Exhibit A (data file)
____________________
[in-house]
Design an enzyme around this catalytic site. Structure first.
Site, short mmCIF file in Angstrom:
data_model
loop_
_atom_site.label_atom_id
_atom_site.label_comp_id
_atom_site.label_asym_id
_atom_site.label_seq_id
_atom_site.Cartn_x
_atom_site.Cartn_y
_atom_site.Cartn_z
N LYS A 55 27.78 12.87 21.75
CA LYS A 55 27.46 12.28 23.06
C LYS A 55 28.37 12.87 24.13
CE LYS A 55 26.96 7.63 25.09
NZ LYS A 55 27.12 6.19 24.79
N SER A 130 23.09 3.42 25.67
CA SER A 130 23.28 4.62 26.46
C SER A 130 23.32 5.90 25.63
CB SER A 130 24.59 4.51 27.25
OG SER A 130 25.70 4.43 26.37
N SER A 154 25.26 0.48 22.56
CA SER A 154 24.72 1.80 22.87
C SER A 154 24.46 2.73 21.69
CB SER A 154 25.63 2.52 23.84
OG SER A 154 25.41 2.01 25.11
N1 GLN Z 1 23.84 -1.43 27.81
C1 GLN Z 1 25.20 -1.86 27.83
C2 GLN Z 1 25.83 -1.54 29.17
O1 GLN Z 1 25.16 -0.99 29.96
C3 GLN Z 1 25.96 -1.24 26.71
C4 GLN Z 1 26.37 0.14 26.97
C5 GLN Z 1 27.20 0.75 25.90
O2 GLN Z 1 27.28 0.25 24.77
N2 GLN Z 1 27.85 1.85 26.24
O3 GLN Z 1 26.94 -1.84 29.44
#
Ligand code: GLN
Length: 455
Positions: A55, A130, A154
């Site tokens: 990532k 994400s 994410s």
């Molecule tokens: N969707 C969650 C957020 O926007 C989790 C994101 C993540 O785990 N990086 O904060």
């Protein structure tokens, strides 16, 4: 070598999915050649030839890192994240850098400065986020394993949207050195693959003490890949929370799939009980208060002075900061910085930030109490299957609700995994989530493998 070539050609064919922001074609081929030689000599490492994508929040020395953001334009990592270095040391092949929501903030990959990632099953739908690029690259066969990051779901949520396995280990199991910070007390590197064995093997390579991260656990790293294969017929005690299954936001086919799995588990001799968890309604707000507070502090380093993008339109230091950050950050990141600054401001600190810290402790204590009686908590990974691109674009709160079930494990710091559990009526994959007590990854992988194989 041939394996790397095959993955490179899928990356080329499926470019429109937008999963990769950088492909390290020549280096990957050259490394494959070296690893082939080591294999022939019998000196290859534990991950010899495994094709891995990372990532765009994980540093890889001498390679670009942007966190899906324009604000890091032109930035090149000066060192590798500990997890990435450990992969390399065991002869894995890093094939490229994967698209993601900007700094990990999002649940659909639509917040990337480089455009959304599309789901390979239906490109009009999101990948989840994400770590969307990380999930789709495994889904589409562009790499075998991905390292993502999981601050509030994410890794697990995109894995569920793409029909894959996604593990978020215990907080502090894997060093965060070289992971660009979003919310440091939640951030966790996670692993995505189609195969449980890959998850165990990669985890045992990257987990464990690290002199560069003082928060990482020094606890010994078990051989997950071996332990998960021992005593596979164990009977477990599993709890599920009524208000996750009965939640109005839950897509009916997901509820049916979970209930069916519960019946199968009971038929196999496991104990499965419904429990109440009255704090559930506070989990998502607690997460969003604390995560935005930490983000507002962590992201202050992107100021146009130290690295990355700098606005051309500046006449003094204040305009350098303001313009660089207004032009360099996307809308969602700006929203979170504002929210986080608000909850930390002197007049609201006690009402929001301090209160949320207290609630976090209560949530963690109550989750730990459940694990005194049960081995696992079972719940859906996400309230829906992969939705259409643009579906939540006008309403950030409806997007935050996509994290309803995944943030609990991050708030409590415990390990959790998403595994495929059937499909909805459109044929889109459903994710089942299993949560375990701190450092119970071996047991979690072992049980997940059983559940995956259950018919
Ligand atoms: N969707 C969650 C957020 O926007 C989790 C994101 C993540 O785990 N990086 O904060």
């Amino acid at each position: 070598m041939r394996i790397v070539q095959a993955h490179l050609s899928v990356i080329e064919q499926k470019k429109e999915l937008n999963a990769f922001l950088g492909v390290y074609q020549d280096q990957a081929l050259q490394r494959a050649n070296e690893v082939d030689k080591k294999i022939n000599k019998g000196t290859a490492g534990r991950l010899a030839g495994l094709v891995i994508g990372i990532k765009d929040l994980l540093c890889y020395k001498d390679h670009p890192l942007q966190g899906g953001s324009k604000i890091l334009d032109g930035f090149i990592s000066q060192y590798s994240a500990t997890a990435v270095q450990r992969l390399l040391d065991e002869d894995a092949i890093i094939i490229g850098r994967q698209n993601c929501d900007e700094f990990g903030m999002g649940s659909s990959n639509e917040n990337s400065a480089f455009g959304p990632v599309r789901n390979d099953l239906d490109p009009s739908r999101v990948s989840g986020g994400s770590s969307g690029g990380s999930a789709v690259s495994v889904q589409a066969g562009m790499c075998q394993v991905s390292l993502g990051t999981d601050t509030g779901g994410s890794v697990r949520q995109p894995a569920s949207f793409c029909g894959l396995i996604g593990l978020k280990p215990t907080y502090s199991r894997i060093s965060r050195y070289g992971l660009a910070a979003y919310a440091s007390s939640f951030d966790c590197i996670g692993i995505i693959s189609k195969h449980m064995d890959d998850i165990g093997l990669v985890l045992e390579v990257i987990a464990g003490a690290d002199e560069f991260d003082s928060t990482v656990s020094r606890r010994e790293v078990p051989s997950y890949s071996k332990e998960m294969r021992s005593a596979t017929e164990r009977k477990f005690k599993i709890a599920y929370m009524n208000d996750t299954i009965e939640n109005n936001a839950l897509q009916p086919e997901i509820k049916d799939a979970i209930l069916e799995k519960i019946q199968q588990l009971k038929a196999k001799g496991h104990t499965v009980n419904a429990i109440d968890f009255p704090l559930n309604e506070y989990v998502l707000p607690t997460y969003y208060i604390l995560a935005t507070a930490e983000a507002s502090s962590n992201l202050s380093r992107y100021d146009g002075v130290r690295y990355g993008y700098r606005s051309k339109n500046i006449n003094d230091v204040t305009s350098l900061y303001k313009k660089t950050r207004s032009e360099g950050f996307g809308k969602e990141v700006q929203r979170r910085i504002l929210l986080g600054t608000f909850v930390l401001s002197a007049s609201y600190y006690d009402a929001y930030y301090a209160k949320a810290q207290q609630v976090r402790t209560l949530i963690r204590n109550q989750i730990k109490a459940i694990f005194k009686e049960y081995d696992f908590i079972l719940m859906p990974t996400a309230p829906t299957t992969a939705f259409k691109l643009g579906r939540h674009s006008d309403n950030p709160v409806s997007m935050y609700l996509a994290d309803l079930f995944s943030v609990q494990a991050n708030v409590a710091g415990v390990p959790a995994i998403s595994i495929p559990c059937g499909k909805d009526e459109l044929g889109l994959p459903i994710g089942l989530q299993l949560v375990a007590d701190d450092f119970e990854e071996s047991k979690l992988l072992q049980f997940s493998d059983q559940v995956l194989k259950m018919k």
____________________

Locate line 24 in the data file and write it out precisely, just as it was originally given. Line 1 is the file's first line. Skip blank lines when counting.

CA SER A 154 24.72 1.80 22.87